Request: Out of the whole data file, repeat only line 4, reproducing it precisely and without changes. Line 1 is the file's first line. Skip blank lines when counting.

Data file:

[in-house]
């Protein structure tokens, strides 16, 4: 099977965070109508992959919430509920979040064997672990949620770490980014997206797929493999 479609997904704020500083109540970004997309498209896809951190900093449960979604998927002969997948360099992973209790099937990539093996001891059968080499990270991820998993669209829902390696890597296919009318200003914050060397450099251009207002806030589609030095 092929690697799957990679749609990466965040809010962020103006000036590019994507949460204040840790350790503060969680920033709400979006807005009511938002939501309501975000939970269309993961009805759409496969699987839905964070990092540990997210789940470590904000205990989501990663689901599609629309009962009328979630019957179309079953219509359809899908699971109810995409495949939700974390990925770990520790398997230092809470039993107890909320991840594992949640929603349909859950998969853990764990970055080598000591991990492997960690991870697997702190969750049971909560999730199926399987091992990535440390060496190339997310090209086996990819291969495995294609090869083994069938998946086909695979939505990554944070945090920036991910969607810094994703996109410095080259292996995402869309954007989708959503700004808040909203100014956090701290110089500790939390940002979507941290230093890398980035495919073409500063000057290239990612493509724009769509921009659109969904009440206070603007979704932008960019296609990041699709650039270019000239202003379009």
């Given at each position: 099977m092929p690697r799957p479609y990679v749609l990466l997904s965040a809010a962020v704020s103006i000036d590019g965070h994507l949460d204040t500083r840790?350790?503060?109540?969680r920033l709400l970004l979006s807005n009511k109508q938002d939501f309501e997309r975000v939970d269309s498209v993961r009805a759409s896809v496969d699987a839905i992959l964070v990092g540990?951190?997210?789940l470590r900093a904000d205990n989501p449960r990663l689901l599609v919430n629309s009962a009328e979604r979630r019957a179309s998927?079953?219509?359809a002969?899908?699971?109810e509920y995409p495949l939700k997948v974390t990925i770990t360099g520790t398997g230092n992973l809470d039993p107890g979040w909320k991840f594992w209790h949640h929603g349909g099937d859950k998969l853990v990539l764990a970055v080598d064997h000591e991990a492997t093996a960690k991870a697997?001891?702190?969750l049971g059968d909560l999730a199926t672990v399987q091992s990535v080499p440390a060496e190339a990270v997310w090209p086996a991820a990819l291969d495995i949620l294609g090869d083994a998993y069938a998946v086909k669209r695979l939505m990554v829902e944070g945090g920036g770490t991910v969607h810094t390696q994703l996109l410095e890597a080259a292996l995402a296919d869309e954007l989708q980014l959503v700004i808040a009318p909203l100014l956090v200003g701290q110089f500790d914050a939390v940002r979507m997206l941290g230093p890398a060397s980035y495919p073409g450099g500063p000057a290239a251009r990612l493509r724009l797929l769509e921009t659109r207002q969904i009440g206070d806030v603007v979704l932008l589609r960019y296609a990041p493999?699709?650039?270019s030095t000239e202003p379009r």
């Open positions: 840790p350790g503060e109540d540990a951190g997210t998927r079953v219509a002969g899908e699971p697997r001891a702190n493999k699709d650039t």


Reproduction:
């Open positions: 840790p350790g503060e109540d540990a951190g997210t998927r079953v219509a002969g899908e699971p697997r001891a702190n493999k699709d650039t």